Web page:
An article by Jaymi McCann of the Sunday Express reveals Britain’s pensioners are among the poorest in the EU, with a greater risk of poverty than those in Poland or Latvia.
Despite the UK being the second richest country in Europe, a new report says 15 states do better when it comes to pensioner poverty.
A failing state pension system and low employment in later life has left 1.7 million below the poverty line.
The International Longevity Centre report due out next week shows 16.1 percent of British pensioners live in relative poverty compared with 15.4 percent in Romania and 13.9 percent in Latvia.
The elderly also fare better in Germany, Austria, Spain, Denmark, Poland, Ireland, France, Norway, Slovakia, Luxembourg, the Czech Republic, Hungary and the Netherlands.
About 1.5 million over-50’s have lost their jobs since 2006 due to redundancy, ill health or forced early retirement, according to the Prince of Wale’s Initiative for Mature Enterprises.
The ILC said “The state pension is being squeezed and it is difficult for people to keep saving when earnings are not rising but costs are increasing.” Its report says the state pension is now just 31.9 percent of average pay in Britain. Caroline Abrahams, charity director at Age UK, said “Many pensioners live on very low, fixed incomes and have been walking a tightrope in recent years as food and utility bills have escalated.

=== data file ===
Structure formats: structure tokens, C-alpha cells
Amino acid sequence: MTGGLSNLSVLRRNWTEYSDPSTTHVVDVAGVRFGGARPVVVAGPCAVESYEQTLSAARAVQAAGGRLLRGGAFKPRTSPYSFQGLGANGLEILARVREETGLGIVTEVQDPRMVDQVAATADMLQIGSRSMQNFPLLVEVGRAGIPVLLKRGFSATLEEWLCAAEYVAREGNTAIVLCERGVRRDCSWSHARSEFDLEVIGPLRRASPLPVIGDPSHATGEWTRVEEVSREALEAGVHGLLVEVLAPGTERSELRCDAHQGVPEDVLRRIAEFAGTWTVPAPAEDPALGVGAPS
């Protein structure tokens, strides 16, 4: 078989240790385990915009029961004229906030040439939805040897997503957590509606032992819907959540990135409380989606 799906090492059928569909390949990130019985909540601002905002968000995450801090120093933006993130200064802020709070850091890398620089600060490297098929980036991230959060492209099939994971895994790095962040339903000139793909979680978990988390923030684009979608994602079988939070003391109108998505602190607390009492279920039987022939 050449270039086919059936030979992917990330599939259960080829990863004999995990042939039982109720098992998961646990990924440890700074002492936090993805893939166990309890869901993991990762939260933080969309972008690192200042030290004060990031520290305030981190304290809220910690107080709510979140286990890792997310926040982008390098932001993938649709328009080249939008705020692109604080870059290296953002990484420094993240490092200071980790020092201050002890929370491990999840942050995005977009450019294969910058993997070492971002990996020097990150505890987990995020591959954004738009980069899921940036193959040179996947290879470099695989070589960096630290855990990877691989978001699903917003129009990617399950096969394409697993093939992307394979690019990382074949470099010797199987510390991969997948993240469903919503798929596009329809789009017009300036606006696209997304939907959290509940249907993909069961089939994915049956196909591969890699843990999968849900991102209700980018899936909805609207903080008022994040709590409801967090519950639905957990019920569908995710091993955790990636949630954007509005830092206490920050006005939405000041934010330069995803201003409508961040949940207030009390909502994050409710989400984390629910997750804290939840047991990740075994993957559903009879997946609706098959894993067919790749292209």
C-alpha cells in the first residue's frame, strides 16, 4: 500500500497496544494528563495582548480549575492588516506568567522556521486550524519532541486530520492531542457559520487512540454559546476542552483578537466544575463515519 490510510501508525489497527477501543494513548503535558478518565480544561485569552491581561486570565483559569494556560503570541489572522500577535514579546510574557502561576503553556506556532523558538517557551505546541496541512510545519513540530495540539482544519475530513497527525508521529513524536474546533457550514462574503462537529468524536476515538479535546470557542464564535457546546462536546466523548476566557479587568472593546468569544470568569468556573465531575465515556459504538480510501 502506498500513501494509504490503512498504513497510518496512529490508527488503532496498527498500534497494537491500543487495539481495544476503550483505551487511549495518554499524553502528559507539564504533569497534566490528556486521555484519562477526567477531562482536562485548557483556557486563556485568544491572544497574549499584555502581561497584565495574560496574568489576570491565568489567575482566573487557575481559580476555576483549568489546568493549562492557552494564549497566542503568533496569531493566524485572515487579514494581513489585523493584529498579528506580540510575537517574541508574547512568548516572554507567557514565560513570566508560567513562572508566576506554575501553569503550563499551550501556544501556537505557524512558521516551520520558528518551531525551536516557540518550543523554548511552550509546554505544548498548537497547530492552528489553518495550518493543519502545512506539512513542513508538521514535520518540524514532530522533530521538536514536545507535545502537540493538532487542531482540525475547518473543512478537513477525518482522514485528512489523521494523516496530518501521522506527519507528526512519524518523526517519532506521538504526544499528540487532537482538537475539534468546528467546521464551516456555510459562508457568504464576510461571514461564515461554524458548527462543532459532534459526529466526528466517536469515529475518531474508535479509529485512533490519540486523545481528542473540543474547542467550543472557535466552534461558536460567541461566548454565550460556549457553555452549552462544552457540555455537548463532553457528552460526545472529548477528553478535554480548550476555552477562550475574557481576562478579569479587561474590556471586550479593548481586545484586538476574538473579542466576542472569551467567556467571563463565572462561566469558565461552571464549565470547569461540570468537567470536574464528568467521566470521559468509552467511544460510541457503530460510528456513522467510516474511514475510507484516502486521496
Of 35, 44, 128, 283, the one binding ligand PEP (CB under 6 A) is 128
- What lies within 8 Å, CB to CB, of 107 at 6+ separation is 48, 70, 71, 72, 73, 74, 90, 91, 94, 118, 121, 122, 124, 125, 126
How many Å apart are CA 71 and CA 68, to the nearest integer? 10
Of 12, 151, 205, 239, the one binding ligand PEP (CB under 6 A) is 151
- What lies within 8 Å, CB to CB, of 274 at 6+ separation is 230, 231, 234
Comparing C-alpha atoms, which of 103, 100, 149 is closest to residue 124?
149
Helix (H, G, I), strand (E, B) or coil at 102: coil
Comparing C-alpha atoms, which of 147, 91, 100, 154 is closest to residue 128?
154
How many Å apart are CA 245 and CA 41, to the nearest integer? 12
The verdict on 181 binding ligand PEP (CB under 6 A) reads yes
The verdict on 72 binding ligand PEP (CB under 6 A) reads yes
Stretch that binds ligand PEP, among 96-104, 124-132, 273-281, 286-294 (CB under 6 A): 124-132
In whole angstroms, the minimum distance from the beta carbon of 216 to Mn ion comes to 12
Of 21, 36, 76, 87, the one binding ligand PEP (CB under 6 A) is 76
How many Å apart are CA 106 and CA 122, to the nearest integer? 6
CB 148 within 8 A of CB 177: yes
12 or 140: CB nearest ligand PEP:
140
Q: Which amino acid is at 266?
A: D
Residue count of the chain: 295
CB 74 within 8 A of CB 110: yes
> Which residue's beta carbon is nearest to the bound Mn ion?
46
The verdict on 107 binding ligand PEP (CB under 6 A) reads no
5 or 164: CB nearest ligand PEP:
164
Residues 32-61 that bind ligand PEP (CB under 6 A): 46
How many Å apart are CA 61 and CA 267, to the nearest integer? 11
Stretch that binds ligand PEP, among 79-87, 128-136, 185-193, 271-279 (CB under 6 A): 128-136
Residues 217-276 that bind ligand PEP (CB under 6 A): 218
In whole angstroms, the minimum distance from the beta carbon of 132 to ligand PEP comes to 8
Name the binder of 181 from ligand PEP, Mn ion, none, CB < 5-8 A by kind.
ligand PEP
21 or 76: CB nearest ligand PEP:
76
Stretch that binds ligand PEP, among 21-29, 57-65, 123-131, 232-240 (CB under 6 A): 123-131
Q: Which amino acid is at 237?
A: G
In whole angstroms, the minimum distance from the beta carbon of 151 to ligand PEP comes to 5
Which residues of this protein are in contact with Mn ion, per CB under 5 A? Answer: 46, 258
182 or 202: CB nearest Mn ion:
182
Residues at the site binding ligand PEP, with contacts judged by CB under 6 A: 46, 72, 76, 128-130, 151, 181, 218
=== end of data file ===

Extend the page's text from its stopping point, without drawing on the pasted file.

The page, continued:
“The government must do more to get vital money benefits to those who need extra support.”
Pensions expert Ros Altmann said “The UK has one of the lowest state pension in the developed world . We rely heavily on private pensions but those who don’t have the chance to save are living in poverty.”
The Department of Work and Pensions says it is switching to a more effective single-tier system next year, while the “Triple Lock” introduced by the coalition will ensure the state pension increases each year by inflation, wages or 2.5 percent, whichever is greater.